A control system for the awning assembly 10 includes means for stopping the electric motor 44 when the awning assembly 10 reaches the retracted position and means for stopping the electric motor 44 when the awning assembly 10 reaches the extended position. The stopping means preferably includes a current limit on the electric motor 44. If the electric motor 44 normally operates at about 1.5 amps, for example, the current limit can be about 3.5 amps wherein the electric motor 44 shuts off when its current reaches about 3.5 amps. When moving to the retracted position, the current will naturally reach the current limit in a reasonable manner as the canopy 14 is completely rolled on the roller tube 22. When moving to the extended position, however, a suitable extended member may be required that engages a stop when the awning assembly 10 reaches the extended position to cause the electric motor 44 to trigger the current limit. It is noted that other stopping means for the electric motor 44 can be used such as, for example, stopping at position limit switches such as micro-switches or rotating for a predetermined number of revolutions such as solid state counting of motor brush pulses.

It is noted that the roller assembly 16 can also include a lock and release mechanism for selectively preventing rotation of the roller tube 22 in one direction or the other. The lock mechanism can be of any suitable type. See, for example, U.S. Pat. No. 5,732,756, disclosing a suitable lock mechanism for the roller assembly 16. It should be noted, however, that the lock mechanism is optional and is generally not required because the arm assemblies 18 hold the roller assembly 16 in position as described in more detail hereinafter.

As best shown in FIG. 4, the bars of the roller assembly 16 are supported by the arm assemblies 18. Each arm assembly 18 is disposed in a generally vertical plane at an associated side edge of the canopy 14 and an associated end of the roller assembly 16. The left and right arm assemblies 18 have essentially identical structures and therefore only one will be described in detail hereinafter.

As best shown in FIGS. 9 and 10, each arm assembly 18 is a four bar linkage including a first or base arm 74, a second or bottom arm 76, a third or extended arm 78, and a fourth or top arm 80. Each of the arms 74, 76, 78, 80 are substantially straight and elongate and are fixed in length. The arms 74, 76, 78, 80 are preferably extrusions of a light weight, high strength material such as an aluminum alloy.

The base arm 74 has a main wall 82 and inner and outer side walls 84, 86 which perpendicularly extend from opposed side edges of the main wall 82 to form a vertically extending and outward facing channel 88 (best shown in FIG. 1). The channel 88 is outward facing so that it at least partially receives the top and bottom arms 80, 76 when in the retracted position (best shown in FIGS. 1 and 1A).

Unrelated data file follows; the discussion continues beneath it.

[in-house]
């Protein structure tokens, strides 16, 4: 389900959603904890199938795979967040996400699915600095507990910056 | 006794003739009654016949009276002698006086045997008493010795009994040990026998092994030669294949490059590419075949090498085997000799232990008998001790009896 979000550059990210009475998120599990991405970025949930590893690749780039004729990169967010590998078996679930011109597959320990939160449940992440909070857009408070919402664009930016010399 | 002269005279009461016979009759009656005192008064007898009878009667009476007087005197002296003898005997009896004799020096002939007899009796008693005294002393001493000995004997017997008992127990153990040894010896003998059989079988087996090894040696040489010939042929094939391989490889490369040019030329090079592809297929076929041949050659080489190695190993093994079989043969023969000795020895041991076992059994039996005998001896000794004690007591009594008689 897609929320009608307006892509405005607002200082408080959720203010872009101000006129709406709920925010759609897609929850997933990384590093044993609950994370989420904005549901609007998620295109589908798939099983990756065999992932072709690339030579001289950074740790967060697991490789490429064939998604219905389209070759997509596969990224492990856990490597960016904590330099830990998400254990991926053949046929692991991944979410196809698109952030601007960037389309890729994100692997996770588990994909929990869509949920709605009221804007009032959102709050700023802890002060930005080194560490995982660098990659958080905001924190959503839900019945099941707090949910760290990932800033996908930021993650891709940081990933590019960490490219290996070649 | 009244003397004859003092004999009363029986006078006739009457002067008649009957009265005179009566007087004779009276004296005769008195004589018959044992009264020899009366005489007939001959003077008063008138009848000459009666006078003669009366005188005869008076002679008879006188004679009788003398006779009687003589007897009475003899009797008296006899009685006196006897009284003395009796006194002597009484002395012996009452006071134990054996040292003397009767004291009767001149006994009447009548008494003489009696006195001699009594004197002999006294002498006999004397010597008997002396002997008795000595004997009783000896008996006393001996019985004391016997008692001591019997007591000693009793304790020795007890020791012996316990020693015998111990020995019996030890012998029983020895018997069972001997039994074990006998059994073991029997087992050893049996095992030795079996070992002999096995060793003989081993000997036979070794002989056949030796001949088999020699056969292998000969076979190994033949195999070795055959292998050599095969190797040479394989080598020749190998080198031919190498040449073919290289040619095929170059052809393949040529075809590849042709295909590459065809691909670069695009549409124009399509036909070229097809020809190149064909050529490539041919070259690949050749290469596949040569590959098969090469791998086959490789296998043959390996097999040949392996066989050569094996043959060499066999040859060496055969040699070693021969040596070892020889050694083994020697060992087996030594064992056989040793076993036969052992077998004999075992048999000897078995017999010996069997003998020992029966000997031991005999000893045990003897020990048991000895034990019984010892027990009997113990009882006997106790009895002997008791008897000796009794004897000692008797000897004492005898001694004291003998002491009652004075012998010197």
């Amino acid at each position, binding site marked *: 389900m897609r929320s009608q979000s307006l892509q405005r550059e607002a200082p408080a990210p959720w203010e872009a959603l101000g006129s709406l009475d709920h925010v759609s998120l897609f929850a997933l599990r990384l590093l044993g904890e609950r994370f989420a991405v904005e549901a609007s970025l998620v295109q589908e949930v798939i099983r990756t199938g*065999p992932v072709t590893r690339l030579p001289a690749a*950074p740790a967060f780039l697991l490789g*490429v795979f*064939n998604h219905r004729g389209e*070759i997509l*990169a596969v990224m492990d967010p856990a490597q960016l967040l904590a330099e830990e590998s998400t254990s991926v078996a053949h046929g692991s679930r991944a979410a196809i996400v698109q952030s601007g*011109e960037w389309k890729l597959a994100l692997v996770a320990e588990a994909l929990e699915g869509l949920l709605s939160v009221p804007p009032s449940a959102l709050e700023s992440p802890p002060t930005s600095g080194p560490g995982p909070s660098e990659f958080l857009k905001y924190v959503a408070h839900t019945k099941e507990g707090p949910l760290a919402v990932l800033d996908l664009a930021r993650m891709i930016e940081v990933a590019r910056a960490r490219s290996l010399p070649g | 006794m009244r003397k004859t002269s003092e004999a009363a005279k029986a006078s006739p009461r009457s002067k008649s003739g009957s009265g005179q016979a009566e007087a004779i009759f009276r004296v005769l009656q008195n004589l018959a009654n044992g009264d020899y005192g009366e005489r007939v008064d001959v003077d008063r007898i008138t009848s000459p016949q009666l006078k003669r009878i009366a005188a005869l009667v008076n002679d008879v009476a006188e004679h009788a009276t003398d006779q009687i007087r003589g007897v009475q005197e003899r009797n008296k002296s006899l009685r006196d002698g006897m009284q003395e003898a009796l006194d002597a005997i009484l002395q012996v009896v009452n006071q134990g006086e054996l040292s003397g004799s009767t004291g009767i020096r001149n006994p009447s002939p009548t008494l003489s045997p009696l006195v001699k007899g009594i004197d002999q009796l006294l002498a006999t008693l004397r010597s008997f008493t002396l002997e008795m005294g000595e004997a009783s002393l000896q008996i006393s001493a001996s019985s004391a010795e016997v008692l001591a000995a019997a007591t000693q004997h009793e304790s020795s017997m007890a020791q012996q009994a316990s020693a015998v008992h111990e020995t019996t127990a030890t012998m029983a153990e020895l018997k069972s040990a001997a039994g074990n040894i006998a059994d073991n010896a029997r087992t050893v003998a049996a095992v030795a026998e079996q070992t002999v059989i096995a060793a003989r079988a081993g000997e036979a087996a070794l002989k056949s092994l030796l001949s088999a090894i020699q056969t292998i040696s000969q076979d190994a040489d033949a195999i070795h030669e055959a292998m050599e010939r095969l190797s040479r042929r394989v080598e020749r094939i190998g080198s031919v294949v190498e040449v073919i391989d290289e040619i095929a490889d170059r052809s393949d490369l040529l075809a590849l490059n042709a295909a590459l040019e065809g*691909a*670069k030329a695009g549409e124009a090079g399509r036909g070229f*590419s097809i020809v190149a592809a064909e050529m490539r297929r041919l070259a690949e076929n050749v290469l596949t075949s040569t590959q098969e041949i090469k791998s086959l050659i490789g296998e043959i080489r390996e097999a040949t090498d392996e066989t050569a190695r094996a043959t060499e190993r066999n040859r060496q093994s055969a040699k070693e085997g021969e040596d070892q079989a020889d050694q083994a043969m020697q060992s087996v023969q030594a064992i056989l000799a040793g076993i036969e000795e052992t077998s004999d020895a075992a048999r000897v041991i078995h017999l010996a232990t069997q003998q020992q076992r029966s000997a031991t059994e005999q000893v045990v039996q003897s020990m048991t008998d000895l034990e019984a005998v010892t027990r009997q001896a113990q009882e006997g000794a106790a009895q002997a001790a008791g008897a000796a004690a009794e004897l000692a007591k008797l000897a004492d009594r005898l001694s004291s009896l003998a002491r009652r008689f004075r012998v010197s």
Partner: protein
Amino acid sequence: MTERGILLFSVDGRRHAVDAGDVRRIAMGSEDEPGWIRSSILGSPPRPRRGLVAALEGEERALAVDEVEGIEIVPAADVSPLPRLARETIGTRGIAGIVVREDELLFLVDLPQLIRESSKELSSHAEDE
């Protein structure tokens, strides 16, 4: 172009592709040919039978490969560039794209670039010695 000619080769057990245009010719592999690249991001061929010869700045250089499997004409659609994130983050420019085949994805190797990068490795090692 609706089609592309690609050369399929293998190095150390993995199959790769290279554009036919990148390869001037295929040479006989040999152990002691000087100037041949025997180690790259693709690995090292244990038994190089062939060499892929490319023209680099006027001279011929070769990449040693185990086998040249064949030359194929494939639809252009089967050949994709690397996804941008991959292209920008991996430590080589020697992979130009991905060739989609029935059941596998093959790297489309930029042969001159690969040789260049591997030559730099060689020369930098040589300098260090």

The base arm 74 is rigidly secured to the support wall, preferably with top and bottom mounting brackets 90, 92. The mounting brackets 90, 92 are preferably extrusions of a light weight, high strength material such as an aluminum alloy. As best shown in FIG. 11, the top mounting bracket 90 extends from the open upper end of the base arm 74. At the upper end of the base arm 74, the side walls 84, 86 are provided with openings for cooperating threaded fasteners 94 to rigidly attach the top mounting bracket 90 to the base arm 74. The top mounting bracket 90 is preferably formed for receiving the threaded fasteners 94. The top mounting bracket 90 has an inwardly extending top flange or hook member at an upper end thereof which can be advantageously located at a top rail of a recreational vehicle when the retractable awning assembly 10 mounted thereto. The top mounting bracket 90 is also provided with openings below the top flange for cooperating with threaded fasteners 96 to rigidly secure the top mounting bracket 90 to the support wall 12.

As best shown in FIGS. 12 and 12A, the lower end of the base arm 74 is preferably provided with a base arm extension 98. The base arm extension 98 is substantially straight and elongate and is fixed in length. The base arm extension 98 cooperates with the base arm 74 so that: the distance between the top and bottom mounting brackets 90, 92, which is the effective length of the base arm 74, is variable. The base arm extension 98 is preferably an extrusion of a light weight, high strength material such as an aluminum alloy.

The base arm extension 98 preferably has a generally H-shaped cross-section formed by a main wall 100 and inner and outer side walls 102, 104 which perpendicularly extend from ends the main wall 100. The base arm extension 98 is sized to fit within the channel 88 of the base arm 74 so that it can longitudinally move or slide therein in a telescoping manner. Outwardly directed protrusions 106 are provided at the base of the side walls 102, 104 which longitudinally extend along the length of the base arm extension 98. The protrusions 106 are sized and shaped to cooperate with undercuts or grooves formed in the side walls 84, 86 of the base arm 74 to interlock the base arm 74 and the base arm extension 98 together. Secured in this manner, the base arm 74 and the base arm extension 98 are interlocked together in a drawer-like manner such that they can only move longitudinally relative to one another.